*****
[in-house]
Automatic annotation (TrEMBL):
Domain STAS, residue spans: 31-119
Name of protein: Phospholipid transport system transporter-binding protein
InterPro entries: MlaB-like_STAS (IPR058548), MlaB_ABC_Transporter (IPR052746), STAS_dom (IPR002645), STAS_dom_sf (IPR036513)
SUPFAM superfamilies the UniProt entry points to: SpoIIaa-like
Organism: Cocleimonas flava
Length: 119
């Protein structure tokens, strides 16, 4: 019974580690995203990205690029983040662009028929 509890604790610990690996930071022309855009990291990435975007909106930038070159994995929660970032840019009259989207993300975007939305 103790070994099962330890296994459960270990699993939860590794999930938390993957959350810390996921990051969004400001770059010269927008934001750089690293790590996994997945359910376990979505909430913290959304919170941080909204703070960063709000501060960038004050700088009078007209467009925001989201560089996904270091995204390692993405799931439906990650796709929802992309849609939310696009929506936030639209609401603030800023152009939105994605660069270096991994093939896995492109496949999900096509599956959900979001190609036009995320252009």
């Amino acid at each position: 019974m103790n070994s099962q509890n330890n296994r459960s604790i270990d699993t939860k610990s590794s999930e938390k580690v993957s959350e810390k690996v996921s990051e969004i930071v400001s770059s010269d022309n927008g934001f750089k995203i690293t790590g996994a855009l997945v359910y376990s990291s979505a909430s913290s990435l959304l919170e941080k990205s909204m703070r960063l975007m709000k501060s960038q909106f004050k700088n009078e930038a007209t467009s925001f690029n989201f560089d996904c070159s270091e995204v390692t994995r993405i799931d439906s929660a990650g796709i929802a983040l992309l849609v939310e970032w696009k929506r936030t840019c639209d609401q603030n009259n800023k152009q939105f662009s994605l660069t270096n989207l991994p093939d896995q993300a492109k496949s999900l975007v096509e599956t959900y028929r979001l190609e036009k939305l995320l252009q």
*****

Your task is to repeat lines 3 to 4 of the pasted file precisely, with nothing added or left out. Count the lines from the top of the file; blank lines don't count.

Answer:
Domain STAS, residue spans: 31-119
Name of protein: Phospholipid transport system transporter-binding protein